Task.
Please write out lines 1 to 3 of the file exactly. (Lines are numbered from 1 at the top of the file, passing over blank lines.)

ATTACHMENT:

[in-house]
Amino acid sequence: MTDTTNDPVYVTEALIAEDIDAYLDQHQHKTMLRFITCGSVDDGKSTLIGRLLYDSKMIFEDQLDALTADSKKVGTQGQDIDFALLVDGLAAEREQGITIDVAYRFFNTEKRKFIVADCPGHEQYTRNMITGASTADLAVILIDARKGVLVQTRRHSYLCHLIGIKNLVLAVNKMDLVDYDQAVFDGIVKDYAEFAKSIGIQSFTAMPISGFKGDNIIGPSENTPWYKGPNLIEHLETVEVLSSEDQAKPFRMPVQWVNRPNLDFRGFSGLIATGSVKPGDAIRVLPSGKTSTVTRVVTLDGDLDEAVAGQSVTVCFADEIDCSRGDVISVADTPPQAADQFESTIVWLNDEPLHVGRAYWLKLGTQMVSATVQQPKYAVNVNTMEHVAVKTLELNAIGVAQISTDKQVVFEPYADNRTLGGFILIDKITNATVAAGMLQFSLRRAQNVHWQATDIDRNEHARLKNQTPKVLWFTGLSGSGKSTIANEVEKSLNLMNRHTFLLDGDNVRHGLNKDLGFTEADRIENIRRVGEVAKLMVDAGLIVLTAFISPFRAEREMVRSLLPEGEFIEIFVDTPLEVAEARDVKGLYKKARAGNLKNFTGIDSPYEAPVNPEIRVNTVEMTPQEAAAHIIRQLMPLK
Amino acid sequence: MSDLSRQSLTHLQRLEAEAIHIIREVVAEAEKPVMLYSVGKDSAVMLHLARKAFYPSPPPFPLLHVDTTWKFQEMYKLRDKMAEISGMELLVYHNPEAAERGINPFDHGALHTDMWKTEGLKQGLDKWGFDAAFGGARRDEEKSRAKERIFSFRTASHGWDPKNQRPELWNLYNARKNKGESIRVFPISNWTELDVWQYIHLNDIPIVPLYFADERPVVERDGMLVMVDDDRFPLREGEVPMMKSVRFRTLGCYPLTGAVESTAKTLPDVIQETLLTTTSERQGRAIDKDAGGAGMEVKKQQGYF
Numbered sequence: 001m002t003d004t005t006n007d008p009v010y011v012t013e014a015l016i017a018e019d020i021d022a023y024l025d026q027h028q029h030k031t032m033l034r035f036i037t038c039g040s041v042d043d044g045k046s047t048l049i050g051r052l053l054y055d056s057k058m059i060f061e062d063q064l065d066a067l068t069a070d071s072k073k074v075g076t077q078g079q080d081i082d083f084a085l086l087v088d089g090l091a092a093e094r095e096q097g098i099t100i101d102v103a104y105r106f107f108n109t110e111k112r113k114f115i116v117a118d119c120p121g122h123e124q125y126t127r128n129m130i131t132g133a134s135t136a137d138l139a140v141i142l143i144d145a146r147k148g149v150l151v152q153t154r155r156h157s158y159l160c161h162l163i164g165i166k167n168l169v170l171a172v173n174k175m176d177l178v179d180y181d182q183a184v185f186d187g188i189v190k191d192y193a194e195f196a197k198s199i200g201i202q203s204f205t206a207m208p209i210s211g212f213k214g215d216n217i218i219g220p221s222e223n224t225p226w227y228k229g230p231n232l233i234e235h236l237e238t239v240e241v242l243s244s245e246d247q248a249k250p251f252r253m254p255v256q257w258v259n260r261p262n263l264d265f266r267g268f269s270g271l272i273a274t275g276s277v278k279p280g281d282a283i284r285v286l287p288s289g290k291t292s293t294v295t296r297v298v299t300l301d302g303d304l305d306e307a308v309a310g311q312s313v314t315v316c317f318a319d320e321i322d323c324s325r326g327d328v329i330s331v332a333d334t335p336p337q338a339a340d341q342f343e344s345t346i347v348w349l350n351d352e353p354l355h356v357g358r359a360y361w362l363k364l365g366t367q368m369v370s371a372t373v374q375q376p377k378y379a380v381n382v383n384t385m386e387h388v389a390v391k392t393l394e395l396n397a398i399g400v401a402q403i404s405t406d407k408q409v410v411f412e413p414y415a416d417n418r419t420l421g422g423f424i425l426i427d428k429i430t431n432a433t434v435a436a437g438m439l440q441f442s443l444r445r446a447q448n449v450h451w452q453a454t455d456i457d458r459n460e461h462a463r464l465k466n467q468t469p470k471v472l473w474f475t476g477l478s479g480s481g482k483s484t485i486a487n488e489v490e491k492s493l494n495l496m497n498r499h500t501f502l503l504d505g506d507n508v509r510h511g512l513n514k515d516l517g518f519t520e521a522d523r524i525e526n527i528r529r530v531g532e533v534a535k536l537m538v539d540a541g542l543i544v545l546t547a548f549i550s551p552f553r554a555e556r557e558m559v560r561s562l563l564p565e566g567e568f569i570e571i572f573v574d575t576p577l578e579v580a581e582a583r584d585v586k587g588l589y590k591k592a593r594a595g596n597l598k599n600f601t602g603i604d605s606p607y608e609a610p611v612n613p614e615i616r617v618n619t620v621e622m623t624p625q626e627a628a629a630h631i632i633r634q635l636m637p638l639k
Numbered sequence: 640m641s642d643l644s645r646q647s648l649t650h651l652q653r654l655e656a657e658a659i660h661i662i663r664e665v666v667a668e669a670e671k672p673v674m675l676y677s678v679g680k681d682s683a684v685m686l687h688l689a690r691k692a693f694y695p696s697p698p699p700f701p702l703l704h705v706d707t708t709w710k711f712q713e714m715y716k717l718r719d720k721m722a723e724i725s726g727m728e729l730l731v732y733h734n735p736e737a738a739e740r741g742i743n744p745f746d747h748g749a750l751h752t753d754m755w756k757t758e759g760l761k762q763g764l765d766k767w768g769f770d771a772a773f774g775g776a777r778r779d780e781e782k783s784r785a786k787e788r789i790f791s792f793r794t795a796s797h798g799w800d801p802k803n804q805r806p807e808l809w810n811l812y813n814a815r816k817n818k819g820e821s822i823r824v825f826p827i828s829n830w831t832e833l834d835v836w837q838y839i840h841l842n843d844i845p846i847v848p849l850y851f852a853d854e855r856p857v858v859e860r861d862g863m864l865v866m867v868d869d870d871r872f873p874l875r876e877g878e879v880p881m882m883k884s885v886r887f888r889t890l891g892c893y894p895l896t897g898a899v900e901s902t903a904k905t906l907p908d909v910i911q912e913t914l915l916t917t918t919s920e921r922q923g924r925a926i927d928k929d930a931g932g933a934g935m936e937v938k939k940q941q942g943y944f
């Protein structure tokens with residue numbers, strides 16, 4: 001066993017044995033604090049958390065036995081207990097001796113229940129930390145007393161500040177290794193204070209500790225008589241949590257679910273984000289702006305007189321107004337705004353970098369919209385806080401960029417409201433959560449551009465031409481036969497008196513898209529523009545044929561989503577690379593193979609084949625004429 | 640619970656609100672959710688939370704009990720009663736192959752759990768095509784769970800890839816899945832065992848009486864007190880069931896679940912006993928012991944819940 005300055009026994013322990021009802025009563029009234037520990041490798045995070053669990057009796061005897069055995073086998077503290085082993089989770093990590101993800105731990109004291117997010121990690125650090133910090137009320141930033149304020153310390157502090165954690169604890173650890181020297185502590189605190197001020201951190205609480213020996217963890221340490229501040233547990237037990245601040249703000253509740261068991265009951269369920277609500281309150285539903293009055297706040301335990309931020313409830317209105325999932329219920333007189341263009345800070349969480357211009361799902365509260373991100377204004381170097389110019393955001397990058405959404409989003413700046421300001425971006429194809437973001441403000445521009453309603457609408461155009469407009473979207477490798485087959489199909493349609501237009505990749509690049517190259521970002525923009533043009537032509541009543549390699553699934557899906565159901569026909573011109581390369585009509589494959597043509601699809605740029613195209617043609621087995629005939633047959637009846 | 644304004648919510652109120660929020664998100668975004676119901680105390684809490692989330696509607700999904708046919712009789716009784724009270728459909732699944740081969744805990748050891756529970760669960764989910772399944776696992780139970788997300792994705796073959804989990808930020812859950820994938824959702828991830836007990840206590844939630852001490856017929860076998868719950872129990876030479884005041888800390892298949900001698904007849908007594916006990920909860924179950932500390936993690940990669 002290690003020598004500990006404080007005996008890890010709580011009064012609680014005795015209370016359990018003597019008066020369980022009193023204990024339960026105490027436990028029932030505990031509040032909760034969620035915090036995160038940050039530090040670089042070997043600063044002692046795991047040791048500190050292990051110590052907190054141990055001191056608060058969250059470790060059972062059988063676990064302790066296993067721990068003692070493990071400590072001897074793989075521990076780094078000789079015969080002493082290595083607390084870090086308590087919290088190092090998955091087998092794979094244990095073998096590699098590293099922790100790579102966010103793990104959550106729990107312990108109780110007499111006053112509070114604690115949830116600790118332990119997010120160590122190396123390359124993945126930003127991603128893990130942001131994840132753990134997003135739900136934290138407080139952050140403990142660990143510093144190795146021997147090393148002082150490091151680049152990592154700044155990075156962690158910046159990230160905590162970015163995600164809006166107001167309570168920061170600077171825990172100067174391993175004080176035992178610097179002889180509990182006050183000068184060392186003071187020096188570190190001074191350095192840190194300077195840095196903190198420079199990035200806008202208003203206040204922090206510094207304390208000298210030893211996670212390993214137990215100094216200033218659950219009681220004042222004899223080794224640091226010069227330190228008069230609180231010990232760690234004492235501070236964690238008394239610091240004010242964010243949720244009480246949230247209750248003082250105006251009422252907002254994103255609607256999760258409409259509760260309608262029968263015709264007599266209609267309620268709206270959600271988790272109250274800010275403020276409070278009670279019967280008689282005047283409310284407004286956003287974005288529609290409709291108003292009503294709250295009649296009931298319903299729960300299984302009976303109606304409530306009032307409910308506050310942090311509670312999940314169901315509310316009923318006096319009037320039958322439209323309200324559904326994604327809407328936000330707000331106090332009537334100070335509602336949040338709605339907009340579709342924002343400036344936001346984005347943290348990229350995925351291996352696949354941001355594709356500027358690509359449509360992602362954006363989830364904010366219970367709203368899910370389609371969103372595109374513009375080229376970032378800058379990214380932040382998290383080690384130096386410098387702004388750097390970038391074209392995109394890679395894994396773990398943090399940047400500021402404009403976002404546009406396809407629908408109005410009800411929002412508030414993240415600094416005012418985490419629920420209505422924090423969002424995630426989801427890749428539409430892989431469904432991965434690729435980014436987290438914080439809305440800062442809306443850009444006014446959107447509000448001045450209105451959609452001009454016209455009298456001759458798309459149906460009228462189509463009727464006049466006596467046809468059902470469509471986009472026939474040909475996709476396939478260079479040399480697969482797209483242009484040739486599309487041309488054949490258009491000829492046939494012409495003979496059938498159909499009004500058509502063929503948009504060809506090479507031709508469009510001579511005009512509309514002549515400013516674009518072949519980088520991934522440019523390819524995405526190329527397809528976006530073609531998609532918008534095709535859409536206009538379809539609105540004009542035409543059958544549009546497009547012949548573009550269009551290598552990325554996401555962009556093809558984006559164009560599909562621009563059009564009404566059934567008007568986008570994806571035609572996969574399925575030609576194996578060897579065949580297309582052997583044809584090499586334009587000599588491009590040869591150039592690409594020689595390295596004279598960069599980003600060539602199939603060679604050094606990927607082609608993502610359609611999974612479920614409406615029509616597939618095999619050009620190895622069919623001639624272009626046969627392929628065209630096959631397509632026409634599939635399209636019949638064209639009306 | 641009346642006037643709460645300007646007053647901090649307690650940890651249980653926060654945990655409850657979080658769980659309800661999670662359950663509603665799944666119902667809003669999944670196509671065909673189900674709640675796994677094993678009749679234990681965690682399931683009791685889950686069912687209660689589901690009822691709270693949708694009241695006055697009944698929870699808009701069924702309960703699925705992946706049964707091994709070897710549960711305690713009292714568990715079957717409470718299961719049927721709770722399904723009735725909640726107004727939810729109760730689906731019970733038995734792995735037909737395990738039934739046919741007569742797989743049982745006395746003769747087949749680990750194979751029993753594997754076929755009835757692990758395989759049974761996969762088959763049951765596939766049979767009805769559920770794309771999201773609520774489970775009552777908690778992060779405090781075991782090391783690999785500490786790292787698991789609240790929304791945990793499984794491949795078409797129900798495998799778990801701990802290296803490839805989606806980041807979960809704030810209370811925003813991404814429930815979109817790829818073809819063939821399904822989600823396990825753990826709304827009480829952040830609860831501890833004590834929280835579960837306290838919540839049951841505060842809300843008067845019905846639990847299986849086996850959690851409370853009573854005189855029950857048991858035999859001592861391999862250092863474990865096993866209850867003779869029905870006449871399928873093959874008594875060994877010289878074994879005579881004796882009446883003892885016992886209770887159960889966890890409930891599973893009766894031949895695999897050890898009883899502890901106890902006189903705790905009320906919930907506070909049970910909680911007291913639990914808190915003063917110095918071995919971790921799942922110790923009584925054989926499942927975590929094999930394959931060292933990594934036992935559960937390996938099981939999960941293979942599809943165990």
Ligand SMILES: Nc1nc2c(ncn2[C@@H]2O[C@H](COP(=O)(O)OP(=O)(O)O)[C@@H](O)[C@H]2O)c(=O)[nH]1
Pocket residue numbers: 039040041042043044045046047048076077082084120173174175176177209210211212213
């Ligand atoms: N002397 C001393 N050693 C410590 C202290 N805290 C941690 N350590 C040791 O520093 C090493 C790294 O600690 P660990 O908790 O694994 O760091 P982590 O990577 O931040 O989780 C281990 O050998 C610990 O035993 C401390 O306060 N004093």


[in-house]
Amino acid sequence: MTDTTNDPVYVTEALIAEDIDAYLDQHQHKTMLRFITCGSVDDGKSTLIGRLLYDSKMIFEDQLDALTADSKKVGTQGQDIDFALLVDGLAAEREQGITIDVAYRFFNTEKRKFIVADCPGHEQYTRNMITGASTADLAVILIDARKGVLVQTRRHSYLCHLIGIKNLVLAVNKMDLVDYDQAVFDGIVKDYAEFAKSIGIQSFTAMPISGFKGDNIIGPSENTPWYKGPNLIEHLETVEVLSSEDQAKPFRMPVQWVNRPNLDFRGFSGLIATGSVKPGDAIRVLPSGKTSTVTRVVTLDGDLDEAVAGQSVTVCFADEIDCSRGDVISVADTPPQAADQFESTIVWLNDEPLHVGRAYWLKLGTQMVSATVQQPKYAVNVNTMEHVAVKTLELNAIGVAQISTDKQVVFEPYADNRTLGGFILIDKITNATVAAGMLQFSLRRAQNVHWQATDIDRNEHARLKNQTPKVLWFTGLSGSGKSTIANEVEKSLNLMNRHTFLLDGDNVRHGLNKDLGFTEADRIENIRRVGEVAKLMVDAGLIVLTAFISPFRAEREMVRSLLPEGEFIEIFVDTPLEVAEARDVKGLYKKARAGNLKNFTGIDSPYEAPVNPEIRVNTVEMTPQEAAAHIIRQLMPLK
Amino acid sequence: MSDLSRQSLTHLQRLEAEAIHIIREVVAEAEKPVMLYSVGKDSAVMLHLARKAFYPSPPPFPLLHVDTTWKFQEMYKLRDKMAEISGMELLVYHNPEAAERGINPFDHGALHTDMWKTEGLKQGLDKWGFDAAFGGARRDEEKSRAKERIFSFRTASHGWDPKNQRPELWNLYNARKNKGESIRVFPISNWTELDVWQYIHLNDIPIVPLYFADERPVVERDGMLVMVDDDRFPLREGEVPMMKSVRFRTLGCYPLTGAVESTAKTLPDVIQETLLTTTSERQGRAIDKDAGGAGMEVKKQQGYF